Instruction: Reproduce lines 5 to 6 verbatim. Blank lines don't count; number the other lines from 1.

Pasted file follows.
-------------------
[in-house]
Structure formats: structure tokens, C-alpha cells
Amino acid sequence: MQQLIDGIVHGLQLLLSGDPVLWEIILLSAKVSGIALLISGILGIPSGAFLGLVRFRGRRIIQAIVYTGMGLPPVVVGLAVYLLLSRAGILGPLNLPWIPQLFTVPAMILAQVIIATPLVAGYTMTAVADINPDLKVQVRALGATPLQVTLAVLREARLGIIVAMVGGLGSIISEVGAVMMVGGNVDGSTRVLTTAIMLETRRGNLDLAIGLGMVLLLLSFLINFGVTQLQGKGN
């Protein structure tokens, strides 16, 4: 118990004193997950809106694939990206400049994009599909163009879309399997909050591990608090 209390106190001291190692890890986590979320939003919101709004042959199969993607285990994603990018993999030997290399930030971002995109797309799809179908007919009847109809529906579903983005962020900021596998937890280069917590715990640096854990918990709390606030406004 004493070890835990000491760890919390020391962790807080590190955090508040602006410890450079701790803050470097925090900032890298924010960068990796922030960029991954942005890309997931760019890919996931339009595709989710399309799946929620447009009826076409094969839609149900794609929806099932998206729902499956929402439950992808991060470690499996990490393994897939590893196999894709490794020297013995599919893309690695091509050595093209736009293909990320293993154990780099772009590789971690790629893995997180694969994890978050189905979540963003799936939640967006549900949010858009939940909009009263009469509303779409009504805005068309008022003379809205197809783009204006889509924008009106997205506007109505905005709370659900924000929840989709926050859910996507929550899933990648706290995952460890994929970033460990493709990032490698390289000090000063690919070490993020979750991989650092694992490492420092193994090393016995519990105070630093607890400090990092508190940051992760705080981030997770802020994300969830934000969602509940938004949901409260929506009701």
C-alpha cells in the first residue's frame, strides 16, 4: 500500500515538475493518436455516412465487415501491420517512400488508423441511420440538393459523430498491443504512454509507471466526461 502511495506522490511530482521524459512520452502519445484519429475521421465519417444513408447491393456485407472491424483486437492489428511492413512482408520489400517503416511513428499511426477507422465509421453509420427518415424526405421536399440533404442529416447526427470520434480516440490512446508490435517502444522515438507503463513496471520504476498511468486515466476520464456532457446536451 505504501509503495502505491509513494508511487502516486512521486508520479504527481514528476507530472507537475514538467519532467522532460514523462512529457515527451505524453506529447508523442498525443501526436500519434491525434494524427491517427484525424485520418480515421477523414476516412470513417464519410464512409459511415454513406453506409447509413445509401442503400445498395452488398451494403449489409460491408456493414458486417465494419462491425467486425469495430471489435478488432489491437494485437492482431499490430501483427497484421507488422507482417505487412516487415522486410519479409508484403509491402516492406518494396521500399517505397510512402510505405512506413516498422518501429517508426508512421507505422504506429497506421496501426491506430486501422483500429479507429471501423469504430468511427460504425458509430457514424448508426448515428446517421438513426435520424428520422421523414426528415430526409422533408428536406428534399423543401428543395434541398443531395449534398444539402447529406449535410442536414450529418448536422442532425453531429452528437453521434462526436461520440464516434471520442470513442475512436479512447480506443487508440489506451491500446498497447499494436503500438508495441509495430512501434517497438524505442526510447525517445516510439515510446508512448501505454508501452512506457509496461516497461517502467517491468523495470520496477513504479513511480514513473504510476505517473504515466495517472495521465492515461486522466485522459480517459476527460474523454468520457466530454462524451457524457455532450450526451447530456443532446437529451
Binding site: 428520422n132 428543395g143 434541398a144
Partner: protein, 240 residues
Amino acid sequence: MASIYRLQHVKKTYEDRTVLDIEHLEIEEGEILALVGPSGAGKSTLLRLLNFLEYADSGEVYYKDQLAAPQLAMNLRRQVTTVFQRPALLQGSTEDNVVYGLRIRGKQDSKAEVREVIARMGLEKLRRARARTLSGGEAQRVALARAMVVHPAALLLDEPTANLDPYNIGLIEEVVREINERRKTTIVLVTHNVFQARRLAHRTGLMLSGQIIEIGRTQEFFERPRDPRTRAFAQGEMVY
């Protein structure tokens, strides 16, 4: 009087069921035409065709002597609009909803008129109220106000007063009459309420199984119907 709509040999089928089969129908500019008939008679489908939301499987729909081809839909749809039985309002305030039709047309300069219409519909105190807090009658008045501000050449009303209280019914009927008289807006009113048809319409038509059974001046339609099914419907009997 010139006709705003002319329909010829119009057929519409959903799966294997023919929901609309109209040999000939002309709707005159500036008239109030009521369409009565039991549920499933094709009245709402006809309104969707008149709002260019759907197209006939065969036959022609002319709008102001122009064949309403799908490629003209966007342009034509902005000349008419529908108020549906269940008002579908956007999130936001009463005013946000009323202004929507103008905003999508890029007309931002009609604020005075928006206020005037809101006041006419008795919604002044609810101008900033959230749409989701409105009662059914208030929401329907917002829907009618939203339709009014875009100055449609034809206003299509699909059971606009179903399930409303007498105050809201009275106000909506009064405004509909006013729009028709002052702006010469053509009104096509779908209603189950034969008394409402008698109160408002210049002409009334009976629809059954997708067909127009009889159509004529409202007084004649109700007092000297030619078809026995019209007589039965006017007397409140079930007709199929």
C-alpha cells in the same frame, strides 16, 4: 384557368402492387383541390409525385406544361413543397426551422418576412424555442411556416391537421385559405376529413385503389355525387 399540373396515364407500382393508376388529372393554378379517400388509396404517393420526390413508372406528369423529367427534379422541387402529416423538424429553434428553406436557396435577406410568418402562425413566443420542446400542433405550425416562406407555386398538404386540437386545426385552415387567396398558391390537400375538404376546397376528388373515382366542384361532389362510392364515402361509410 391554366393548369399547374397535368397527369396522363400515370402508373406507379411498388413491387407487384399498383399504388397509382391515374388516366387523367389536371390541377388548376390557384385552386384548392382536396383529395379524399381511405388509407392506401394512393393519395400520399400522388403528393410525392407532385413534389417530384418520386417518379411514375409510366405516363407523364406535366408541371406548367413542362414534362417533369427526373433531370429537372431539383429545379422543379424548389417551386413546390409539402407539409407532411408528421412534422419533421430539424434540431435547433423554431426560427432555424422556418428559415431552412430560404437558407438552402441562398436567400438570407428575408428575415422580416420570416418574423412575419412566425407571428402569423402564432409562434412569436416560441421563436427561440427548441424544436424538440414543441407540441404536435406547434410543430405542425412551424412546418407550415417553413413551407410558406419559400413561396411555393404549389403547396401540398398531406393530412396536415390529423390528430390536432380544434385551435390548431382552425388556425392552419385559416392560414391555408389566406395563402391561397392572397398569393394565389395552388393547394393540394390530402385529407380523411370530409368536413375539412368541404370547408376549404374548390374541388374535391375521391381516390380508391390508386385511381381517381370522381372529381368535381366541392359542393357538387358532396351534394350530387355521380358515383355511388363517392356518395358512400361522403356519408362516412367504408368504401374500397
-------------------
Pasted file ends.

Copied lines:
C-alpha cells in the first residue's frame, strides 16, 4: 500500500515538475493518436455516412465487415501491420517512400488508423441511420440538393459523430498491443504512454509507471466526461 502511495506522490511530482521524459512520452502519445484519429475521421465519417444513408447491393456485407472491424483486437492489428511492413512482408520489400517503416511513428499511426477507422465509421453509420427518415424526405421536399440533404442529416447526427470520434480516440490512446508490435517502444522515438507503463513496471520504476498511468486515466476520464456532457446536451 505504501509503495502505491509513494508511487502516486512521486508520479504527481514528476507530472507537475514538467519532467522532460514523462512529457515527451505524453506529447508523442498525443501526436500519434491525434494524427491517427484525424485520418480515421477523414476516412470513417464519410464512409459511415454513406453506409447509413445509401442503400445498395452488398451494403449489409460491408456493414458486417465494419462491425467486425469495430471489435478488432489491437494485437492482431499490430501483427497484421507488422507482417505487412516487415522486410519479409508484403509491402516492406518494396521500399517505397510512402510505405512506413516498422518501429517508426508512421507505422504506429497506421496501426491506430486501422483500429479507429471501423469504430468511427460504425458509430457514424448508426448515428446517421438513426435520424428520422421523414426528415430526409422533408428536406428534399423543401428543395434541398443531395449534398444539402447529406449535410442536414450529418448536422442532425453531429452528437453521434462526436461520440464516434471520442470513442475512436479512447480506443487508440489506451491500446498497447499494436503500438508495441509495430512501434517497438524505442526510447525517445516510439515510446508512448501505454508501452512506457509496461516497461517502467517491468523495470520496477513504479513511480514513473504510476505517473504515466495517472495521465492515461486522466485522459480517459476527460474523454468520457466530454462524451457524457455532450450526451447530456443532446437529451
Binding site: 428520422n132 428543395g143 434541398a144